WASHINGTON (CN) – The Treasury Department delivered draft legislation to Congress Thursday that it says would require public companies to give shareholders a non-binding vote on executive compensation and would enhance the independence of compensation committees, legislation dubbed “say-on-pay.”
The proposed legislation would take effect after December 15 and would put total executive compensation to a vote, including golden parachutes, stock options, bonuses, and of course, base pay.
Even though the vote is non-binding, the Barack Obama administration claims a similar program has had success since its 2002 establishment in Great Britain. The administration said in a written statement that say-on-pay has made public corporations more competitive and has lowered the risk for investors.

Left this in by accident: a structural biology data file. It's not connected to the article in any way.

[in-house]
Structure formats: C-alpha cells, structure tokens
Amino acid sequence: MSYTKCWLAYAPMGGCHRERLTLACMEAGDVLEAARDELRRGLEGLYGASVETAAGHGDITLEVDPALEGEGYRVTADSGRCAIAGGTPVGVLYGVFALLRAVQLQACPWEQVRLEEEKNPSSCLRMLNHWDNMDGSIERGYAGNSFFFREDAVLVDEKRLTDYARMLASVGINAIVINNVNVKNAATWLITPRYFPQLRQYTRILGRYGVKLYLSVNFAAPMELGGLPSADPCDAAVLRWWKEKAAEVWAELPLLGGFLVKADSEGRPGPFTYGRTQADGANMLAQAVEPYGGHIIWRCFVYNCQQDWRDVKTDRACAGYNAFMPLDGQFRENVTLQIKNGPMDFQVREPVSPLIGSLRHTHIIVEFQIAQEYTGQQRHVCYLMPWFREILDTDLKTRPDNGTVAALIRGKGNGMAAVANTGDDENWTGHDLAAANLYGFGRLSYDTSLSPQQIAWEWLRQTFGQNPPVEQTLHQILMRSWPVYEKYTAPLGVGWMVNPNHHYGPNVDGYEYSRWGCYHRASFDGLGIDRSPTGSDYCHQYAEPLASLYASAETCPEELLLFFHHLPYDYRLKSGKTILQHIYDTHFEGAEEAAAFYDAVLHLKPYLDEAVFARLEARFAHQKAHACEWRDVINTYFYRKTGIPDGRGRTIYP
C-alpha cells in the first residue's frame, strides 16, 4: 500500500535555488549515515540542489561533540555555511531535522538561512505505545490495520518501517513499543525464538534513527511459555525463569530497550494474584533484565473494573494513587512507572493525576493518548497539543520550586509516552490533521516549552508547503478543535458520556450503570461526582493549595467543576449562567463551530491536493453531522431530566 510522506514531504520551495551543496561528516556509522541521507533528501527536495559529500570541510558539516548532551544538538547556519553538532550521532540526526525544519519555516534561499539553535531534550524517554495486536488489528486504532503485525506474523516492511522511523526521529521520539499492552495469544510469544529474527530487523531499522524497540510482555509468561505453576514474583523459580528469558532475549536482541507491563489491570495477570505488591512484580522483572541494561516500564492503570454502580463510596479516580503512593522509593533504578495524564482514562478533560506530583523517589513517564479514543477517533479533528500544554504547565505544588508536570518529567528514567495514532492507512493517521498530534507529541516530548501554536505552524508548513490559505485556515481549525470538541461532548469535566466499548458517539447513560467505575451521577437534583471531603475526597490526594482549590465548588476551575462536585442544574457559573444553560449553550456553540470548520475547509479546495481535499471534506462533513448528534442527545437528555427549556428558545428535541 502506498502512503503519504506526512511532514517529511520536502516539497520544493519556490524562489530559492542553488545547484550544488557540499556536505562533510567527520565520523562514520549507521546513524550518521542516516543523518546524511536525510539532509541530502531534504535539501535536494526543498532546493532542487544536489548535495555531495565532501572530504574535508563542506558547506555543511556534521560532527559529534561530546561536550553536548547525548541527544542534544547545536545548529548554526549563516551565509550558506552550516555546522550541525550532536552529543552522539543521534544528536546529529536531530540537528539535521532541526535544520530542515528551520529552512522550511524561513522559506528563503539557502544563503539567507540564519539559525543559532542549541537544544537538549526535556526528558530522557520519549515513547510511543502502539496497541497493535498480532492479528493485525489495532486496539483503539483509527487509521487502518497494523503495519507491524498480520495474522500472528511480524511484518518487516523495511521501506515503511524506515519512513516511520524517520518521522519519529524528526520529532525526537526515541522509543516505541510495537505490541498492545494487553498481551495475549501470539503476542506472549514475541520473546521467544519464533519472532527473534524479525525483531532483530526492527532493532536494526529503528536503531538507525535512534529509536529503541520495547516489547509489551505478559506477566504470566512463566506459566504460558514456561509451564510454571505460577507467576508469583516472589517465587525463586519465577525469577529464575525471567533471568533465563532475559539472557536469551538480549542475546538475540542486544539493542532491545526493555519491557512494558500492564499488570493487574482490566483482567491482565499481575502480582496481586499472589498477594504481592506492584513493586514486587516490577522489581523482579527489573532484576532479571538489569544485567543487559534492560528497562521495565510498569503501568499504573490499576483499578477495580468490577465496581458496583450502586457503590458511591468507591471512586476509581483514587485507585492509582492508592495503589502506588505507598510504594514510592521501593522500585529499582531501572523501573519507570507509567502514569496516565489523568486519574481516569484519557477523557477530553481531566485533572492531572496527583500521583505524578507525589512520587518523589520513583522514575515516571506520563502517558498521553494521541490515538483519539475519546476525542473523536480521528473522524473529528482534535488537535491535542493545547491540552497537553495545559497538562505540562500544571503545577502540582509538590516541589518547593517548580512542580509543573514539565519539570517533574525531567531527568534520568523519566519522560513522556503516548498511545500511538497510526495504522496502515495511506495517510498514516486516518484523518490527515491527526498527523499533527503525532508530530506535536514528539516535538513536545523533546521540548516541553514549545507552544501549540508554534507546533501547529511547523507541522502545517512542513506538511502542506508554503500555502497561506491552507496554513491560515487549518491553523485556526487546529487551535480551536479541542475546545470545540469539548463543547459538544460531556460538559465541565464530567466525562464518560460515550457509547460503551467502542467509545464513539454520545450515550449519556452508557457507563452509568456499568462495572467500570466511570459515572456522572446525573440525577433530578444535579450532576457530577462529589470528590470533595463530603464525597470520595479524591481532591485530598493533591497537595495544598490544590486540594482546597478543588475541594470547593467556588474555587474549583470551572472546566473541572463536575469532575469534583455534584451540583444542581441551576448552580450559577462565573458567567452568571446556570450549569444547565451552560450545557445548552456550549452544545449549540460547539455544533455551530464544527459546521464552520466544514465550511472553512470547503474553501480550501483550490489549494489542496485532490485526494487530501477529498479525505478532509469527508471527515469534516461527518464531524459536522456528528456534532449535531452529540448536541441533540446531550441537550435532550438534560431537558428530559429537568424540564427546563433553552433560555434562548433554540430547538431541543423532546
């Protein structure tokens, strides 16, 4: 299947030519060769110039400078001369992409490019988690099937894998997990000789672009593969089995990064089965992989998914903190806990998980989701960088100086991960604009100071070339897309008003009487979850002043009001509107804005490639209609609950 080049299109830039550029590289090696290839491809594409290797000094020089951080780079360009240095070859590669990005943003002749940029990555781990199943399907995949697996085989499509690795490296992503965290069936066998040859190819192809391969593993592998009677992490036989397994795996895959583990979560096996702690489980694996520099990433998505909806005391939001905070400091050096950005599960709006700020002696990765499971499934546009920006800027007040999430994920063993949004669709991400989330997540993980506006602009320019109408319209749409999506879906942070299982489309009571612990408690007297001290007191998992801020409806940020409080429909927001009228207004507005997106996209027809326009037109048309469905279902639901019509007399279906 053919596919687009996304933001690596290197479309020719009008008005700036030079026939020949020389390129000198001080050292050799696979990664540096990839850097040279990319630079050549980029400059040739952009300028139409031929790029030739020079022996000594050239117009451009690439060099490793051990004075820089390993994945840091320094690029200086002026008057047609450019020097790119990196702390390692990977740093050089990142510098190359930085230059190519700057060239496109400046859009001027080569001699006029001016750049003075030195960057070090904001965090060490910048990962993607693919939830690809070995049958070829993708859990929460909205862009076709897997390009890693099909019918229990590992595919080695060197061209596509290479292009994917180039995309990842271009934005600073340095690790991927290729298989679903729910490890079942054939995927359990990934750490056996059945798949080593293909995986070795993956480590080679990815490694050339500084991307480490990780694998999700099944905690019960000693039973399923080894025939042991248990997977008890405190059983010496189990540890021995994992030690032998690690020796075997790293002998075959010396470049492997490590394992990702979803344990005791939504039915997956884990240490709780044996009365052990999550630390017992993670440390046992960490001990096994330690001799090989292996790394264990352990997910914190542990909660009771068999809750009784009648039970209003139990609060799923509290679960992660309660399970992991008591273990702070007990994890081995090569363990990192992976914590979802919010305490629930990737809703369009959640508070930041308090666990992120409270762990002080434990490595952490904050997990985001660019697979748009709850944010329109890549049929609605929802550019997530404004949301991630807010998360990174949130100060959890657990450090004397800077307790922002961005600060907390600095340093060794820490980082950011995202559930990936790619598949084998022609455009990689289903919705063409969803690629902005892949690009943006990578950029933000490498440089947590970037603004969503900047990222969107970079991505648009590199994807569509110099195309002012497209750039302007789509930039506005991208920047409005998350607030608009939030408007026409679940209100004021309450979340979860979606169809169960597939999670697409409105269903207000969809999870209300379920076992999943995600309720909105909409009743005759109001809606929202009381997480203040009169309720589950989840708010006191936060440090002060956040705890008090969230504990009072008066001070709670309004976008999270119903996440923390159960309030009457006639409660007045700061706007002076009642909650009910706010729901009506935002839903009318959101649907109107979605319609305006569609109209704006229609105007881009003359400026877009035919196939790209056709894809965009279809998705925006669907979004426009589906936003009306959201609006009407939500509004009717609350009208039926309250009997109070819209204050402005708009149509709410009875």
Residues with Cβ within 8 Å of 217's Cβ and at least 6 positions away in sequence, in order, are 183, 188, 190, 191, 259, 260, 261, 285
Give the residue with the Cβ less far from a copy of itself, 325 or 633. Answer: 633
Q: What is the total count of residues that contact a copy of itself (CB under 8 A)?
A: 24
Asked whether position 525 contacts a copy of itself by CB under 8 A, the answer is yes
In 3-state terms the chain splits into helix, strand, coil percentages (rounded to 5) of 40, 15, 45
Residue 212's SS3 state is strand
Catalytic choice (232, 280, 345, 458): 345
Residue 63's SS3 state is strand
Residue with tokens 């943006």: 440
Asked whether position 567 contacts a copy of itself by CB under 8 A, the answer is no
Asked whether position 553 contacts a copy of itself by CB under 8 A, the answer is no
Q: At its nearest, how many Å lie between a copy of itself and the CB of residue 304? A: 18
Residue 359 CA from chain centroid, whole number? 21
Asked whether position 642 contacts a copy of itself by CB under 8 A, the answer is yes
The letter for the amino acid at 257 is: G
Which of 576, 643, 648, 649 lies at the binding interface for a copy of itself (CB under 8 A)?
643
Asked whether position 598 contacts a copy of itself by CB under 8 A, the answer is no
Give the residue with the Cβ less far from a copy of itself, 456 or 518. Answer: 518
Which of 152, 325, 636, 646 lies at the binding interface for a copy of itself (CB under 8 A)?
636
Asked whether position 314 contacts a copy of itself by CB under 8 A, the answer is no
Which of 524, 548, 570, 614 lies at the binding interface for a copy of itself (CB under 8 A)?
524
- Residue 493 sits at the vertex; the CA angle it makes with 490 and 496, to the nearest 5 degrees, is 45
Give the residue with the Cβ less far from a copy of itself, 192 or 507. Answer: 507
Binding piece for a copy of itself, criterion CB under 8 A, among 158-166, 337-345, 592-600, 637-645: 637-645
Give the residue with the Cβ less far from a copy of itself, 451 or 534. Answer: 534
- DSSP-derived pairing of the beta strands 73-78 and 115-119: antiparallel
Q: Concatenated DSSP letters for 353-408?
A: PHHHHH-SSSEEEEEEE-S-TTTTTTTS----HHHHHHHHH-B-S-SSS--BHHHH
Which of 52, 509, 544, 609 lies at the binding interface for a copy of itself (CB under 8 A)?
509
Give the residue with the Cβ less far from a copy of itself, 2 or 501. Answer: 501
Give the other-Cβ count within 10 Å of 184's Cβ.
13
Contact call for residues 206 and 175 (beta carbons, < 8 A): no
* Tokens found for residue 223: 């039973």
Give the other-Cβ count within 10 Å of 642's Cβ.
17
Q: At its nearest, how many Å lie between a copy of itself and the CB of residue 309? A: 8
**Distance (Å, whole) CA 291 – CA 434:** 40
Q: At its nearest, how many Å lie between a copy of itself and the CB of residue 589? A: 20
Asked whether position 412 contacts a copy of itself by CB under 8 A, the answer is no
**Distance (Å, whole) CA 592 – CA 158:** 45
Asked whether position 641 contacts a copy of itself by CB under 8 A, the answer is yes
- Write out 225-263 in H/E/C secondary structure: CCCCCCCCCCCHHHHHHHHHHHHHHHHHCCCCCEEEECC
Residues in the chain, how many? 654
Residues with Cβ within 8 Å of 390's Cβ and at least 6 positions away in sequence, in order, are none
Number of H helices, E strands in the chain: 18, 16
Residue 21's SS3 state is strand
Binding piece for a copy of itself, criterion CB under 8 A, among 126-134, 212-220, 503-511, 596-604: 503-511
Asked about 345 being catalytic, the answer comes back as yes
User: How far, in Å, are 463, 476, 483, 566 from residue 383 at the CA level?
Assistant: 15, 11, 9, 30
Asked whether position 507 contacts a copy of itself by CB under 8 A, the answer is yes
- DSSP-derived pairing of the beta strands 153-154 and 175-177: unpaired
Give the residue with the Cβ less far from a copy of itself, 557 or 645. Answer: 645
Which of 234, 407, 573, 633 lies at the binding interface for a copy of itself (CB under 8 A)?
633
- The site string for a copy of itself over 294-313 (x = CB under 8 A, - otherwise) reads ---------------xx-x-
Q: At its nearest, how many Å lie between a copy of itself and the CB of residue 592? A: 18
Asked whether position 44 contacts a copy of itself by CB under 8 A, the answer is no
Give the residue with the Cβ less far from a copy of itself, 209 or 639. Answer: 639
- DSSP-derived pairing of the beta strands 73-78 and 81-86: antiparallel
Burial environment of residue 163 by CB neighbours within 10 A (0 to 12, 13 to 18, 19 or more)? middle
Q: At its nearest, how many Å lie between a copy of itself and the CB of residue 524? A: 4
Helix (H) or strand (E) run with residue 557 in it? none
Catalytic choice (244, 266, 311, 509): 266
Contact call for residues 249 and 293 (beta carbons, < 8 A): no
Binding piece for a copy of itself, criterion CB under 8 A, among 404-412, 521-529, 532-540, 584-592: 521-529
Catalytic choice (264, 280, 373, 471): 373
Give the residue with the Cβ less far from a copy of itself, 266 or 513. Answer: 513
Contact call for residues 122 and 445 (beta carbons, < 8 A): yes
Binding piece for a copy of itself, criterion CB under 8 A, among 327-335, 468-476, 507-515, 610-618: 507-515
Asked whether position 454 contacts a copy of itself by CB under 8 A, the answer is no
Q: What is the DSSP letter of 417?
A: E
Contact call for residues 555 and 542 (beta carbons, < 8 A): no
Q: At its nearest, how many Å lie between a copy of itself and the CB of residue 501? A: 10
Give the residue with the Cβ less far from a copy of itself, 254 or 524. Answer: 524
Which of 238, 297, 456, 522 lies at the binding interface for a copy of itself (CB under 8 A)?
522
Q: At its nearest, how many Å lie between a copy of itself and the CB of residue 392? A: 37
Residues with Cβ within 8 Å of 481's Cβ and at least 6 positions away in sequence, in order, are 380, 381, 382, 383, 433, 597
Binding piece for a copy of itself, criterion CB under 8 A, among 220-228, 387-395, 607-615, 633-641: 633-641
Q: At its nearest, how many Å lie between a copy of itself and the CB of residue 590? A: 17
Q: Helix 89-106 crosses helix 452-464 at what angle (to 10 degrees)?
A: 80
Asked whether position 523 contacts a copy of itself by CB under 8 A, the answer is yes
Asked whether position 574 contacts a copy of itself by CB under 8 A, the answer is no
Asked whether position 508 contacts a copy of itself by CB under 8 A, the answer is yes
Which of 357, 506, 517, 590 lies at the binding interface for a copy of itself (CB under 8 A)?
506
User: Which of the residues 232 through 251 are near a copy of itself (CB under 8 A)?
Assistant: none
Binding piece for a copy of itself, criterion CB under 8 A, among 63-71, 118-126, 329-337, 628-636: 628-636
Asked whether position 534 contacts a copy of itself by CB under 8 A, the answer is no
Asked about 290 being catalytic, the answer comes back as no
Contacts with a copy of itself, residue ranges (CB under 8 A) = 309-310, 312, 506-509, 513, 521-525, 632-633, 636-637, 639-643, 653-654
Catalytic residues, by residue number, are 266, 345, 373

A substantial 46.7 percent of shareholders favor a say-on-pay system, the statement says.
Other language in the bill would secure the independence of executive compensation committees, which are sometimes susceptible to conflict of interest. Members on the committee can benefit sometimes from the decisions of executives.
In an effort to remedy those problems, the legislation would apply stricter standards for independence, requiring that outside compensation counsel be independent from the executives, and giving compensation committees the right to hire independent consultants.